Lust in Action: Jerry Falwell and Larry Flynt 5

These movies were produced entirely for the delectation of men, of course, and when Linda Marciano, the star of Deep Throat, emerged a decade later to reveal that she had performed in that film under duress, she exposed rather dramatically the extent to which the promiscuous woman of the sexual revolution, despite all the popular rhetoric about sexual equality and “no double standard,” was just another male fantasy. In the early seventies, though, when Flynt was entering the sex business as the owner of a striptease club in Dayton, that rhetoric was at its height. Commercial sex—strip¬tease clubs and pornographic movies and magazines—was under¬stood in many minds as the natural consequence of the frank acknowledgment that men and women both enjoy sex. This is the view of the sexual revolution adhered to by the makers of The People vs. Larry Flynt—that Flynt was just being honest about a subject made shameful by prudes and hypocrites. And it is why they went out of their way to remake Althea Flynt.
Who the real Althea was is probably beyond recovering. The Althea of Flynt’s autobiography is the one woman he meets with whom he can share something besides sex, and he makes it rather clear that good sex was not the basis of their relationship. But good sex is the basis of their relationship in Forman’s movie, which imag¬ines Althea as the very type of the female sexual athlete and aggres¬sor of sexual-revolution mythology. That Larry and Althea are sexual equals—that equality is precisely the lesson Althea comes into Larry’s life to teach him—is emphasized in a number of scenes, most notably one (not in the screenplay) in which Larry smacks Althea, early in their relationship, and she warns him never to hit her again. But in fact, the real Althea admitted that Flynt beat her, and she was once quoted in Hustler explaining that “I don’t see any¬thing wrong with a man striking a woman. In fact, many women are turned on by it.”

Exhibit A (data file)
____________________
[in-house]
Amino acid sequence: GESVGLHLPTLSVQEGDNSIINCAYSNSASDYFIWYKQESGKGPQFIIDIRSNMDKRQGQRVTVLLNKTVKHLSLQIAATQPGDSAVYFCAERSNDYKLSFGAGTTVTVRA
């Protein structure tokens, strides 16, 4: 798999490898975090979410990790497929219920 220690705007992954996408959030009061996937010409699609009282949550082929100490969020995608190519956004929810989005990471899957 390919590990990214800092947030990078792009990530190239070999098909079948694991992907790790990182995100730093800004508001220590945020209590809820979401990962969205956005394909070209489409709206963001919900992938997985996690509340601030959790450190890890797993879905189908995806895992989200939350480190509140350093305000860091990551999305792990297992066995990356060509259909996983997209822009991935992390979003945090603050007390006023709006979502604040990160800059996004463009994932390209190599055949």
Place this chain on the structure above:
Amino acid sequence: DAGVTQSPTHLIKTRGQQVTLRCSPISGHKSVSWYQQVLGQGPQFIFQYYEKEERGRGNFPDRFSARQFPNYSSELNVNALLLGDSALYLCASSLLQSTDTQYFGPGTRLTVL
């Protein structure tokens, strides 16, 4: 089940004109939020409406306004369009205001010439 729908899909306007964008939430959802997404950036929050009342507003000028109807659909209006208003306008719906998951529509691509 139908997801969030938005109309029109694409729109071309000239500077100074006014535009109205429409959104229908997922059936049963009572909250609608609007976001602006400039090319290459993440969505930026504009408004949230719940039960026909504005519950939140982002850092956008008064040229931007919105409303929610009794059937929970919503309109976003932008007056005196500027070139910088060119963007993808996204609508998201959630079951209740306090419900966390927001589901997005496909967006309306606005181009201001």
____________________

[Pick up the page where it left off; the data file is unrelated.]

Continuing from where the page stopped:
Getting this wrong means missing the whole point of Hustler’s accomplishment. Hustler was not, in the tradition of Playboy, about sex as play or about sex without moral hang-ups. It was about sex as a kind of violation. The nude photographs of Jacqueline Onassis epitomized the magazine’s view of sex. When that issue of Hustler appeared, the governor of Ohio, Jim Rhodes, was caught buying a copy at a newsstand, and this indiscretion became widely reported, much to Flynt’s delight. The episode is presented in the movie, where it is played as another proof of the fake prudery of official cul¬ture. Rhodes wants to see the pictures, but he is ashamed of it, and this is portrayed as an example of the sort of hypocrisy men like Larry Flynt dare to expose. But it is not hypocrisy. It is natural to want to see pictures of a famous woman naked, and it is also shame¬ful, since the pictures violate her privacy in the most flagrant way. The itch to see the pictures is completely bound up with the sense that it’s wrong, the sense that the itch itself is somehow personally debasing. Far from constituting another step toward a more honest and democratic sexuality, this association between sex and guilt, be¬tween (as Althea was made to say about being beaten) pleasure and indignity, was a throwback to the world before Playboy. Larry Flynt put the shame back into sex.